Peter Ilyich Tchaikovsky
Piano Concerto No. 1
Peter Ilyich Tchaikovsky was neither the greatest nor the most innovative
musician of his time, yet his contributions to music are still felt today,
for it was his gift to write beautiful, evocative melodies that are not
easily forgotten. From the love theme of the Romeo and Juliet Overture
(1870), to the music of Swan Lake (1877) or his Sixth Symphony (Pathétique,
1893), to the well-known opening of the Piano Concerto No. 1, his music has
become almost inescapable, a part of the collective conscious.
Yet the oft-told tale of the Piano Concerto's conception reminds us that
even Tchaikovsky's melodies could fail to charm. He completed the work in
December of 1874, and dedicated it to his teacher and friend, the great
Russian pianist Nikolai Rubinstein. Rubinstein's brother Anton had brought
Tchaikovsky to Moscow in 1866 as a music theory teacher for the new Moscow
Conservatory; Tchaikovsky roomed with Nikolai, and the brothers promoted the
young composer's works in Moscow and St. Petersburg. Tchaikovsky was not a
pianist and wanted Nikolai's opinion about the suitability of his first
piano concerto. So on Christmas Eve, Tchaikovsky played it for his mentor.
He described the scene in a letter to a friend: "I played the first
movement. Not a word, not a remark. If you only knew how disappointing, how
unbearable it is when a man offers his friend a dish of his work, and the
other eats and remains silent!" Tchaikovsky played the entire piece and
then, he wrote, Rubinstein told him it was "worthless, impossible to play,
the themes have been used before ... there are only two or three pages that
can be salvaged and the rest must be thrown away!"
Rubinstein offered to play the piece if Tchaikovsky rewrote it, but the
composer replied, "I won't change a single note," and instead gave it to the
pianist and conductor Hans von Bülow. Von Bülow did not share Rubinstein's
distate, and premiered the work in Boston on October 25, 1875. Though a
critic there called it an "extremely difficult, strange, wild, ultra-modern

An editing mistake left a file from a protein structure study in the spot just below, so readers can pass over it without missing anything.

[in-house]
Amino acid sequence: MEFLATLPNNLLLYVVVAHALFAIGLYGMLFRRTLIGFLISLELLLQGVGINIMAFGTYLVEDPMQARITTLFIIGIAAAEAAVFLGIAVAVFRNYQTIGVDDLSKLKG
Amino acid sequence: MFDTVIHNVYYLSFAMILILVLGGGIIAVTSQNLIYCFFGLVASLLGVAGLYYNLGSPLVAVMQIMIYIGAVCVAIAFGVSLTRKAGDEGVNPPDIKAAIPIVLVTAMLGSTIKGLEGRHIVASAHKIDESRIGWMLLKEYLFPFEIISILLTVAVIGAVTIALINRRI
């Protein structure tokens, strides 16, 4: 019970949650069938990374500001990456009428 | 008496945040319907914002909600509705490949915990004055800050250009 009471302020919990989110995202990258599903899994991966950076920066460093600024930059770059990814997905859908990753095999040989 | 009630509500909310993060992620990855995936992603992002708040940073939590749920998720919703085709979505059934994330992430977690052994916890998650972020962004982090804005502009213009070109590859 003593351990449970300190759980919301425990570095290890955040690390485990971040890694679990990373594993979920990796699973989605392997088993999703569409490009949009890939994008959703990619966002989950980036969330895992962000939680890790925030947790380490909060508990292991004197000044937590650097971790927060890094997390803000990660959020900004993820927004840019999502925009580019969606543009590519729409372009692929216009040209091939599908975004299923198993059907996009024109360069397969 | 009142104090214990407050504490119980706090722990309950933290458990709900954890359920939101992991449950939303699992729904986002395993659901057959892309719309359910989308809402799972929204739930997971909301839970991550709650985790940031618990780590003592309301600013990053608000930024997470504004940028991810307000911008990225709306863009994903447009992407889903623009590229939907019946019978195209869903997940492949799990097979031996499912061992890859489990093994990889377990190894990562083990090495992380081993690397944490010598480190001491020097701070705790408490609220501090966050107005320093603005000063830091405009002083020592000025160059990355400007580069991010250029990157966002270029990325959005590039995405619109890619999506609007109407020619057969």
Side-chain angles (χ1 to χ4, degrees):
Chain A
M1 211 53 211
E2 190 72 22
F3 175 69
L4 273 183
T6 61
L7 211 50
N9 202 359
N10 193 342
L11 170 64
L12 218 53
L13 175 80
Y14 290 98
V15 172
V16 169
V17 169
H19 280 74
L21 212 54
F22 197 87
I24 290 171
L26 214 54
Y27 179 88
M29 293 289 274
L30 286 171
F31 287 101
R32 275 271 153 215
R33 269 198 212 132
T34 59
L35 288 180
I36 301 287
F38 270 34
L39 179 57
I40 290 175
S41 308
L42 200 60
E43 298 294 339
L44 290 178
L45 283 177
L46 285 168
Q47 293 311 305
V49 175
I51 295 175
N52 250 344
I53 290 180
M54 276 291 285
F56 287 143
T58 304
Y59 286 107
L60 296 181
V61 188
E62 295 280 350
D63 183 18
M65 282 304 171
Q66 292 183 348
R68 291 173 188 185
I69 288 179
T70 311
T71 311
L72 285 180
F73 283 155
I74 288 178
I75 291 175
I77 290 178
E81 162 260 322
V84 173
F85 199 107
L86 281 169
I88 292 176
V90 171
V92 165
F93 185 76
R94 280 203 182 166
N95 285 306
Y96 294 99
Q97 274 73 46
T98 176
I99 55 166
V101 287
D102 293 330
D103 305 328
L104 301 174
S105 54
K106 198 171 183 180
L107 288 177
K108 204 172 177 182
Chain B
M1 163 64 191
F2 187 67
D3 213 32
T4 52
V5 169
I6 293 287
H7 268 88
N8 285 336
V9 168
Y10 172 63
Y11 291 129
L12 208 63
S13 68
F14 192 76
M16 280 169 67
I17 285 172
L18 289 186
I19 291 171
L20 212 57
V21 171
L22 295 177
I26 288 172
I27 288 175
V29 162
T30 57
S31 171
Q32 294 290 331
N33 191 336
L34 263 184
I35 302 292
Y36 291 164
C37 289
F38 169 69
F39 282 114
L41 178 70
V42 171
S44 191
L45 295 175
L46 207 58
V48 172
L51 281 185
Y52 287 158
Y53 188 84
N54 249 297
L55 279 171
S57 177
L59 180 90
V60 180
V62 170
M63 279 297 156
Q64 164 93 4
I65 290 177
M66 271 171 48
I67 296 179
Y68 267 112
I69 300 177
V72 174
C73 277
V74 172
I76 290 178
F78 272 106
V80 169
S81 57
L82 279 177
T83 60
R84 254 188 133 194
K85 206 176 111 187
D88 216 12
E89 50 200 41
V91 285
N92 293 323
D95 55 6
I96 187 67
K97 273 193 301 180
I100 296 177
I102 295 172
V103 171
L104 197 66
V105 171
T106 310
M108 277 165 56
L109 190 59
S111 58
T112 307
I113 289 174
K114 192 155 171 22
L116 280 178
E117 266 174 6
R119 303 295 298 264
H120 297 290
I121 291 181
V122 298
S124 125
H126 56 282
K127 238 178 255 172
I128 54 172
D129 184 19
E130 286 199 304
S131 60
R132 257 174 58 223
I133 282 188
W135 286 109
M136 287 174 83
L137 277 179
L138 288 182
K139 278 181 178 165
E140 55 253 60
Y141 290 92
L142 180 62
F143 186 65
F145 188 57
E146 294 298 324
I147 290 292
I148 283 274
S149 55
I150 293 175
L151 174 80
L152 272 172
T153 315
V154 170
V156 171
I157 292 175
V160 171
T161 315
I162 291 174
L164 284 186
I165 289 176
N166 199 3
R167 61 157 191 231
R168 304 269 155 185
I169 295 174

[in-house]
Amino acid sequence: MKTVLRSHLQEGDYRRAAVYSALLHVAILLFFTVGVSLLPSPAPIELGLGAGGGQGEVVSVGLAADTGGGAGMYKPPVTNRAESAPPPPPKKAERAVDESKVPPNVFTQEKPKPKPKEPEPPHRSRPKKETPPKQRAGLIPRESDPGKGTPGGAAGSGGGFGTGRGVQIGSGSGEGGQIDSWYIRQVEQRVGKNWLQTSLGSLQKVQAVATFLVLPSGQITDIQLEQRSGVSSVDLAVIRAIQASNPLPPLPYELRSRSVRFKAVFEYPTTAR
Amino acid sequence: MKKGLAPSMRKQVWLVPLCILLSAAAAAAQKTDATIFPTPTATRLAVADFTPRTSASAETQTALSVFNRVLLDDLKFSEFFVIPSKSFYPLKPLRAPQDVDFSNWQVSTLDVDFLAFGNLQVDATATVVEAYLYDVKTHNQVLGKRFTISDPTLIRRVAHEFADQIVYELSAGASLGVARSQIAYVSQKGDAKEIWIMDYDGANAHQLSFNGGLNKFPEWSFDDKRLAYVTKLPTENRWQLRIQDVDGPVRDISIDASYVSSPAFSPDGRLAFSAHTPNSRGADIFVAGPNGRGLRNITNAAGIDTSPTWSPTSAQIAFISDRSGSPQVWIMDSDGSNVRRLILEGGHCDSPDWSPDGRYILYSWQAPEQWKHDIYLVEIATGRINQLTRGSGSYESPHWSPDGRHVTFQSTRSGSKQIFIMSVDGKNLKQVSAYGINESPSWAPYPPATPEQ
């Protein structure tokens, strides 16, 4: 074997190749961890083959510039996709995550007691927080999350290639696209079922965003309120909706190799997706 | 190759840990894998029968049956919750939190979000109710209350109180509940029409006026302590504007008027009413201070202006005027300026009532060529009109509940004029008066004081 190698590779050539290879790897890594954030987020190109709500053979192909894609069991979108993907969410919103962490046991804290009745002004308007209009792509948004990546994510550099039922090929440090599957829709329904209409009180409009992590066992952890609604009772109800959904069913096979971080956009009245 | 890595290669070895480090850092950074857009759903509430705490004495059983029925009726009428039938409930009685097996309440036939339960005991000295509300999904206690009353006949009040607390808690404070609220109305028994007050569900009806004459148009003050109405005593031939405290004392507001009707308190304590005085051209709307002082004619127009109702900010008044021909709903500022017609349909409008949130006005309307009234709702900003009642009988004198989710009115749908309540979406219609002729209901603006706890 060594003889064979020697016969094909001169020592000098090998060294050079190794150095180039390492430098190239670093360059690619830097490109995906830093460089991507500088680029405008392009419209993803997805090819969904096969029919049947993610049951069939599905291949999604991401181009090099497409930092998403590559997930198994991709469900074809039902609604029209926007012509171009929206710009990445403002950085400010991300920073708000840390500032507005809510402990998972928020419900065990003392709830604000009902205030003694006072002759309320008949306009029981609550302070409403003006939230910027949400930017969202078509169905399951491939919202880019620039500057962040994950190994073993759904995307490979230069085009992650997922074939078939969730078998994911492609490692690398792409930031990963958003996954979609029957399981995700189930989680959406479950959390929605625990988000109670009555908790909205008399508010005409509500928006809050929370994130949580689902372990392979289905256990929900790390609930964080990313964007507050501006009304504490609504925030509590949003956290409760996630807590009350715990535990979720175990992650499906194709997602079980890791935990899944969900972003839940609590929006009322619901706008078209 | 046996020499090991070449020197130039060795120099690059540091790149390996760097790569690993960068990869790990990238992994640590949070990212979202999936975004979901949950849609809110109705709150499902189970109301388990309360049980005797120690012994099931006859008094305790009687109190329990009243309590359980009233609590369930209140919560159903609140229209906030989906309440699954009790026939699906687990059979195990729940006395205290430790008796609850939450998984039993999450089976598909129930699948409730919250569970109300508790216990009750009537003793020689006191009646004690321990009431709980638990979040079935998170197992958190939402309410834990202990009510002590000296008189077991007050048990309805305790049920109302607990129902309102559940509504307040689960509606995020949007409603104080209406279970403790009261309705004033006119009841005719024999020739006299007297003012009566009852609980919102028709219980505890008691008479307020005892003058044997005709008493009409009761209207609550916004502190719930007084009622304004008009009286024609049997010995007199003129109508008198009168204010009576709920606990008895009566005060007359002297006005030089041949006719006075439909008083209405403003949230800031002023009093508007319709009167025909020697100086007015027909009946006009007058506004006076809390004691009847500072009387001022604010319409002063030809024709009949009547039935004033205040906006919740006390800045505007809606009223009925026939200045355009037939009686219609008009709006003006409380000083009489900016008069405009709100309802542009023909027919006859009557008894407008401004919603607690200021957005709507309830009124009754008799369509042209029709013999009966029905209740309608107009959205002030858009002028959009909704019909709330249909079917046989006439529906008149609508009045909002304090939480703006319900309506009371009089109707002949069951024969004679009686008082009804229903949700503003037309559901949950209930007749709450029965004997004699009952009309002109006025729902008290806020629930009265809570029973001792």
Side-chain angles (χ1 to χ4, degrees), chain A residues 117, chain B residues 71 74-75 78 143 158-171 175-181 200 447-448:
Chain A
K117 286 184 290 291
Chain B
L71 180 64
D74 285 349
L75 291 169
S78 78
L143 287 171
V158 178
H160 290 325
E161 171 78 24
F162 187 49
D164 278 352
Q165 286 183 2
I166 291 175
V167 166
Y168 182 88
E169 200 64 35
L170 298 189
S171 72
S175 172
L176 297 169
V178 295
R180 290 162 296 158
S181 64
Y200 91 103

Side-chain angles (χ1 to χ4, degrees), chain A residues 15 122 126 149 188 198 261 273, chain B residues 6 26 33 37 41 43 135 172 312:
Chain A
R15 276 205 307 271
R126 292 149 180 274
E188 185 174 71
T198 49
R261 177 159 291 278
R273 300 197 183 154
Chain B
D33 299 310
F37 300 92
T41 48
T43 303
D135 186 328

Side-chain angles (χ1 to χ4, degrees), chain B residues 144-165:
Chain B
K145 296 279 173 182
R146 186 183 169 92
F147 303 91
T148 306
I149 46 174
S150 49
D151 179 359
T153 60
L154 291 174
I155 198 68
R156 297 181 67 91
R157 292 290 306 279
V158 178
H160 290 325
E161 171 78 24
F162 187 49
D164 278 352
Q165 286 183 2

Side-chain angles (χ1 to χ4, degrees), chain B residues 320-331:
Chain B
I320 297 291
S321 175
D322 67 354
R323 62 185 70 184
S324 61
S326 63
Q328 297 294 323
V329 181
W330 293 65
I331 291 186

Russian Concerto," the audience was enthusiastic, as was a second audience
in New York a week later, demanding an encore of the final movement.
Rubinstein later recanted and performed the piece as well, while fifteen
years later Tchaikovsky made some of the changes Rubinstein had requested.
Rubinstein's criticisms still have merit, for the piece is in some places
nearly unplayable, while other passages for the soloist are barely audible.
And the famous opening theme, for all its grandeur, is just as remarkable in
its disappearance -- for after storming in with blaring horns calls,
sweeping strings, and maestoso ascending chords from the piano, the theme
continues for only 110 measures and simply drops out of the piece, never to
be heard again.
Yet it is at that point that the first movement, Allegro, may be said to
truly begin. Two themes are introduced in double exposition, with the
athletic first theme reappearing to interrupt the more restrained second at
dramatic moments, and the piano "indulging in cadenza-like flights of
startling execution," as the Boston reviewer wrote in 1875. The movement
ends in a burst of pyrotechnics from both orchestra and soloist.
The gentle Andantino simplice offers a respite from the bold gyrations of
its predecessor, with the flute, oboe, and viola taking turns with the solo
piano to develop the gentle, lilting first theme. The second theme is a
rapid scherzo, based on a French song, "Il faut s'amuser, danser et rire"
(One must amuse one's self by dancing and laughing), a song favored by the
opera singer Désirée Artôt, with whom Tchaikovsky had once been infatuated.
The first theme for the final Allegro is based on a Ukrainian folk song,
"Viydi, viydi Ivanku," (Come, come Ivanku), and it dances up and down in
brilliant syncopations. A second, more lyrical theme sweeps in above the
virtuosic piano line, and the piano answers in kind. The two themes build to
a maestoso tutti followed by bravura fireworks all around.